It is interesting to note here the jurisdiction of the Senate Subcommittee on State, Foreign Operations and Related Programs extends to all functions of the State Department and the USAID which are tied to human rights, good governance, rule of law, independent judiciary and democratic freedoms of recipient countries of American assistance. The Subcommittee is chaired by the sixth most senior member of the Senate Patrick Leahy who is also the chairman of the Senate Judiciary Committee. Anti-Terrorism Assistance, Foreign Military Financing Program, International Military Education and Training (IMET) Program, Millennium Challenge Corporation, Economic Support Fund and Development Assistance, among a very long list of subjects, are some of the principal functions of the Senate Subcommittee. And, it has the authority to override and/or change the language of the State/USAID Appropriation Bill before ratification.

It was Patrick Leahy, as the Chairman of the Senate Subcommittee on State, Foreign Operations and Related Programs, who vetoed the State Department US $100 million grant under the Millennium Challenge Fund for Sri Lanka a couple of months ago to the stage of suspension highlighting the human rights situation.

And, it is the same Patrick Leahy, on the Senate floor on 18 September 2006 declared: “Politically motivated killings, the recruitment of child soldiers, indiscriminate raids on civilians, targeting of international aid workers, and torture in policy custody are only some of the human rights abuses that have been recently committed as reported by Amnesty International and Human rights Watch…… Road, air and sea links to the Tamil population in the north have been cut, and food, water and fuel shortages are severe.”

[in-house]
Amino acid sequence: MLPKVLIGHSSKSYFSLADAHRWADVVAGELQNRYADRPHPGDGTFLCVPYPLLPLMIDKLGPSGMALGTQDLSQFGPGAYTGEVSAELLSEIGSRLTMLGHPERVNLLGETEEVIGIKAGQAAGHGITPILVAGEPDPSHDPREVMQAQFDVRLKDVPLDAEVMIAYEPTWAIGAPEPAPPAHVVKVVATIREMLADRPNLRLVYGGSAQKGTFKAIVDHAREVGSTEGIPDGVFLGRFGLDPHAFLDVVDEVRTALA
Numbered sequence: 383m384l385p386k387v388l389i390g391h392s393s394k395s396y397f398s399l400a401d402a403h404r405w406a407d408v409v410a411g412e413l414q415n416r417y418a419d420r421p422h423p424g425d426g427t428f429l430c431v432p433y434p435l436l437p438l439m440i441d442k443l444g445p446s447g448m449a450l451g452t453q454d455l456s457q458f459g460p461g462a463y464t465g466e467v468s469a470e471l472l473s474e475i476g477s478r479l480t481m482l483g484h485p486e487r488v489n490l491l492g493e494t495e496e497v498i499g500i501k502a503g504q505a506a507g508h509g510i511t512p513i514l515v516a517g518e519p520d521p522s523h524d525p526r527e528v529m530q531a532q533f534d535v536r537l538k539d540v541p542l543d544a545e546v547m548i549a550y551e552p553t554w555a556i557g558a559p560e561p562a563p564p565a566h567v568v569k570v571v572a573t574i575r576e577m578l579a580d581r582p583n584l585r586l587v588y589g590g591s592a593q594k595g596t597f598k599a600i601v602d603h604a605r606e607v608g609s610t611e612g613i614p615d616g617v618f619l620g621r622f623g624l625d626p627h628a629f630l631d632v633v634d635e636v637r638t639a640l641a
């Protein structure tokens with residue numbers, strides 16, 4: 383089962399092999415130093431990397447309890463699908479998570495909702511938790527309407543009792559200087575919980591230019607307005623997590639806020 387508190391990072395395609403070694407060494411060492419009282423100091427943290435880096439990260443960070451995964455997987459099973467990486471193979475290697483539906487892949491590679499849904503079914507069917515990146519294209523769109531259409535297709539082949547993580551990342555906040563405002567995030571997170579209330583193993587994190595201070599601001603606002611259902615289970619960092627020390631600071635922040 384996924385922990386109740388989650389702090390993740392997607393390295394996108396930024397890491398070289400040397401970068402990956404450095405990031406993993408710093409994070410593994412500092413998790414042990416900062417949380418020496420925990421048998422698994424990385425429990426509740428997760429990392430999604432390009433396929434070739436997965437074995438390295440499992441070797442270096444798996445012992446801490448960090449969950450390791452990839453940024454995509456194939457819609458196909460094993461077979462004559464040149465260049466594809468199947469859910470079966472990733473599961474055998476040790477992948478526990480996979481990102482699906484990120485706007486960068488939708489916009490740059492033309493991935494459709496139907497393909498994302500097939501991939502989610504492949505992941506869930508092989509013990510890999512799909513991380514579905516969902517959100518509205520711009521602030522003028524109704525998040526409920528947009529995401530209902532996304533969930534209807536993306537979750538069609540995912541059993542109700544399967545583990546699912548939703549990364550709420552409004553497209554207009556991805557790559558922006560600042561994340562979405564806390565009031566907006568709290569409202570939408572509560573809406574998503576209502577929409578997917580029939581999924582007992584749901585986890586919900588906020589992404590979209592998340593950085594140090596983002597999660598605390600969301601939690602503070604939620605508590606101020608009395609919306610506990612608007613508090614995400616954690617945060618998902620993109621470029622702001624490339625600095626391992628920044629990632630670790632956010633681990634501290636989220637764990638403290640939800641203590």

The Senator continued: “Sri Lanka is a divided country, but its people, whether Sinhalese, Tamil or Muslim, are as gentle, industrious and peace loving as any in the world. The Tamils have legitimate demands, but the LTTE’s tactics are deplorable. The government has been divided, and it has not been able to provide the sustained leadership necessary to reconcile the interests of the conflicting parties.”

Then he went on saying in the same breath: “There is also the issue of the United States support to Sri Lankan Government security forces, who have been responsible for violations of human rights. The Department of State needs to be doubly sure that the Leahy Amendment, which prohibits U.S. assistance to units of foreign security forces who violate human rights, is being strictly complied with.”

Doesn’t seem like the Government of Sri Lanka had any idea of the important functions of the Senate Subcommittee on State, Foreign Operations and Related Programs and how influential its chairman Patrick Leahy was when almost a year later Leahy maintained the same perspective about Sri Lanka for him to approach a hard line to change the language of the State Department Appropriation Bill for 2008, now before the full senate for discussion before ratification, to read in SEC. 690: “None of the funds appropriated by this Act under the heading ‘Foreign Military Financing Program’ may be made available for assistance for Sri Lanka, no defense export license may be issued, and no military equipment or technology shall be sold or transferred to Sri Lanka pursuant to the authorities contained in this Act or any other Act, unless the Secretary of State certifies and reports to the Committees on Appropriations that the Sri Lankan military is suspending and the Sri Lankan Government is bringing to justice members of the military who have been credibly alleged to have committed gross violations of human rights, including extrajudicial executions and the recruitment of child soldiers.”

The joint State/USAID budget proposes US $ 850,000 for Foreign Military Financing and US $ 600,000 for IMET program. Sri Lanka received in 2006 US $ 3,615,000 for Nonproliferation, Antiterrorism and Demining but has been proposed US $ 1,150,000 for 2008.